Chemotactic movement used to carry drugs through blood-brain barrier

August 3, 2017 by Bob Yirka, report

(—An international team of researchers has developed a way to take advantage of chemotactic movement to carry drugs through the blood-brain barrier. In their paper published on the open access site Sciences Advances, the researchers describe the technique and its effectiveness in test rats.

Medical scientists have worked for many years to find medications to treat ailments, many of which have proven effective—but their use has been stymied by the . The is a filtering mechanism involved with capillaries that carry blood to the brain. The filter is adapted to prevent from entering one of the most critical organs. Scientists have looked at a variety of ways to coax chemicals through the blood-brain barrier, and while some have met with success, there is still a great need for improved options. In this new effort, the have found a way to use chemotactic movement to carry desired chemicals through the filter.

Chemotactic movement occurs when an organism responds to chemicals in the environment, causing them to move. The new technique does not involve inserting a foreign organism into the blood stream, of course; instead, it involves injecting vesicles (dubbed "nanoswimmers"), which are little pods filled with chemicals that move on their own through a action called Brownian motion. Such motion is induced by making the vesicles asymmetric, with one side more permeable than the rest of the vesicle shell. This allows more of the material inside to react with material outside at just one side of the vesicle, causing it to move toward the material it finds attractive.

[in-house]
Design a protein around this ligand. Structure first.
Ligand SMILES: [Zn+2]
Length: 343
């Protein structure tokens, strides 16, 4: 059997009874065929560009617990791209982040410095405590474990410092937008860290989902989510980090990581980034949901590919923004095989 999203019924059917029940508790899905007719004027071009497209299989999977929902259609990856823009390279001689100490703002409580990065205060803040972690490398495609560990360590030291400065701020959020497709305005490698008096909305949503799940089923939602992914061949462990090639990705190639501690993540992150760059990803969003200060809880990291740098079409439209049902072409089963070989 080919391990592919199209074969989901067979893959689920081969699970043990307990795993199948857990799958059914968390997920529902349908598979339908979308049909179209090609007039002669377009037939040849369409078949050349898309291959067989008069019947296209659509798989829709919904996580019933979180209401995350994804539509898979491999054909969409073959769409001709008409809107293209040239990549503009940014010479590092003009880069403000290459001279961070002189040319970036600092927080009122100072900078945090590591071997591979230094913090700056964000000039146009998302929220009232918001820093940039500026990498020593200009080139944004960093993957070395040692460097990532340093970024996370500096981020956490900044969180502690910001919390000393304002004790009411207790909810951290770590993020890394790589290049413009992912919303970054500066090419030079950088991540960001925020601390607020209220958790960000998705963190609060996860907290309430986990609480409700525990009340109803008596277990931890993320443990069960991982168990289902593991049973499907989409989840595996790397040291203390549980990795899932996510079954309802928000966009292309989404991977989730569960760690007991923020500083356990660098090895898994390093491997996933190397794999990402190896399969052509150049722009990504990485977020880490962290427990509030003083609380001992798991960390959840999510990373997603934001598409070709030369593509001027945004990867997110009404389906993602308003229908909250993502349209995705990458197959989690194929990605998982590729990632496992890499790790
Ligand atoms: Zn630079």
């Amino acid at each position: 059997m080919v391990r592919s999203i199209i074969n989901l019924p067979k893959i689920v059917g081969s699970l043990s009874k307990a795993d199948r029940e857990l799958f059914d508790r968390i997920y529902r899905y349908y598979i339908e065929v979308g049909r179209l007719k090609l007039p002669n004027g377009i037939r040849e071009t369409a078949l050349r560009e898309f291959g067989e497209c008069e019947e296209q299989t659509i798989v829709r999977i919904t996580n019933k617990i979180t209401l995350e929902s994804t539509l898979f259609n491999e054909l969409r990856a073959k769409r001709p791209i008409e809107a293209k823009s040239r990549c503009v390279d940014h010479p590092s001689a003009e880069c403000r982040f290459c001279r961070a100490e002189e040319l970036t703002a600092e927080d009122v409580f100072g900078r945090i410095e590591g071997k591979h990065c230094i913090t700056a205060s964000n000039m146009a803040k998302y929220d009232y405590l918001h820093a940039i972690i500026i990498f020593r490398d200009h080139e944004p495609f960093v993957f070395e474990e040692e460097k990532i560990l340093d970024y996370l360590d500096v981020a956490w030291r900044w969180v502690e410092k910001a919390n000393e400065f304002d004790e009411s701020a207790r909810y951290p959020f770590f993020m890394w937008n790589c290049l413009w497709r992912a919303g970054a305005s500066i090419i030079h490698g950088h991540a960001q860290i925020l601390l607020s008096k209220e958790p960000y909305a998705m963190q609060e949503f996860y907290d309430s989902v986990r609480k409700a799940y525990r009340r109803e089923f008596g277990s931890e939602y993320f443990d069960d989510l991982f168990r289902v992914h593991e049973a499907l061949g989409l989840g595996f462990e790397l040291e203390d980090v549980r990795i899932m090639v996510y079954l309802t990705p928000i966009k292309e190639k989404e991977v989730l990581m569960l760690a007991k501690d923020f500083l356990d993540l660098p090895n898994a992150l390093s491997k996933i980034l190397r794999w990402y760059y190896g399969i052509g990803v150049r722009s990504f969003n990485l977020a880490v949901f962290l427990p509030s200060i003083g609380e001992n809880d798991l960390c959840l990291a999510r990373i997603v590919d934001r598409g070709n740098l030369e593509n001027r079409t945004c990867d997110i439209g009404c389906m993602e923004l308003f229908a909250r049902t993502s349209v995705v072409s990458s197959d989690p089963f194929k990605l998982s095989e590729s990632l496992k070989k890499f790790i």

A summary of how the glucose-guided nanoswimmers could deliver drugs to the brain and other hard-to-reach parts of the central nervous system. Credit: Joseph et al., Sci. Adv. 2017;3: e1700362

The researchers noted that one of the main materials that passes through the blood brain barrier is glucose, because the brain uses it as an energy source. By causing the vesicles to be attracted to glucose in higher concentrations, the researchers were able to coax the vesicle through the blood-brain barrier and into the brains of test mice. Once there, the vesicles were free to dissolve, releasing the chemicals inside. The researchers report finding a four-fold increase in the amount of medicine reaching the brain as compared to conventional methods.

Glucose-guided nanoswimmers in a petri dish. Credit: Joseph et al., Sci. Adv. 2017;3: e1700362

Explore further: Building a better blood-brain barrier model

More information: Adrian Joseph et al. Chemotactic synthetic vesicles: Design and applications in blood-brain barrier crossing, Science Advances (2017). DOI: 10.1126/sciadv.1700362

In recent years, scientists have created artificial microscopic and nanoscopic self-propelling particles, often referred to as nano- or microswimmers, capable of mimicking biological locomotion and taxis. This active diffusion enables the engineering of complex operations that so far have not been possible at the micro- and nanoscale. One of the most promising tasks is the ability to engineer nanocarriers that can autonomously navigate within tissues and organs, accessing nearly every site of the human body guided by endogenous chemical gradients. We report a fully synthetic, organic, nanoscopic system that exhibits attractive chemotaxis driven by enzymatic conversion of glucose. We achieve this by encapsulating glucose oxidase alone or in combination with catalase into nanoscopic and biocompatible asymmetric polymer vesicles (known as polymersomes). We show that these vesicles self-propel in response to an external gradient of glucose by inducing a slip velocity on their surface, which makes them move in an extremely sensitive way toward higher-concentration regions. We finally demonstrate that the chemotactic behavior of these nanoswimmers, in combination with LRP-1 (low-density lipoprotein receptor–related protein 1) targeting, enables a fourfold increase in penetration to the brain compared to nonchemotactic systems.

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